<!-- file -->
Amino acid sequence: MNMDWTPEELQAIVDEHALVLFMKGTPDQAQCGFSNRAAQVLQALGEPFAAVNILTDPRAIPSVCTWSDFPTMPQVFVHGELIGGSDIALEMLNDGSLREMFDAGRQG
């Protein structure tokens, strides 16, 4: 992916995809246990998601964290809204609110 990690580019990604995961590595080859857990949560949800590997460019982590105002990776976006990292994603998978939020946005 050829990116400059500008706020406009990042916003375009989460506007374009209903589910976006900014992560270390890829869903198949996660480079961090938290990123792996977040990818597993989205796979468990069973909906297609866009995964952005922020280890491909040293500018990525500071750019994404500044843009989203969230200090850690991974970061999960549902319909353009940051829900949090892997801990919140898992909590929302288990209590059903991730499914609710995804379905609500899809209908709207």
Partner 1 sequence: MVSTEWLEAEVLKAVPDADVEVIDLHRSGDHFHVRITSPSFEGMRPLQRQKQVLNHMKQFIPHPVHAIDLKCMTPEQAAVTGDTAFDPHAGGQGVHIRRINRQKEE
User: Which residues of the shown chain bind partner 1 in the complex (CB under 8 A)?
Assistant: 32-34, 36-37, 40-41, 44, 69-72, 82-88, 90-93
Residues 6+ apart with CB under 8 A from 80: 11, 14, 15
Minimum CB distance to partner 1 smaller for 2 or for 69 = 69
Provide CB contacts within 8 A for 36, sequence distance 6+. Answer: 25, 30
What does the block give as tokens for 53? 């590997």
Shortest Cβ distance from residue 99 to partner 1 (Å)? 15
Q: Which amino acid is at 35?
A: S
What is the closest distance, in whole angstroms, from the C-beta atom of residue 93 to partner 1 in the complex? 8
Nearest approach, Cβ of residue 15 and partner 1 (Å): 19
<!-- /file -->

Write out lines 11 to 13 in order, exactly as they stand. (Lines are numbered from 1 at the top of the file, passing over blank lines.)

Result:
Q: Which amino acid is at 35?
A: S
What is the closest distance, in whole angstroms, from the C-beta atom of residue 93 to partner 1 in the complex? 8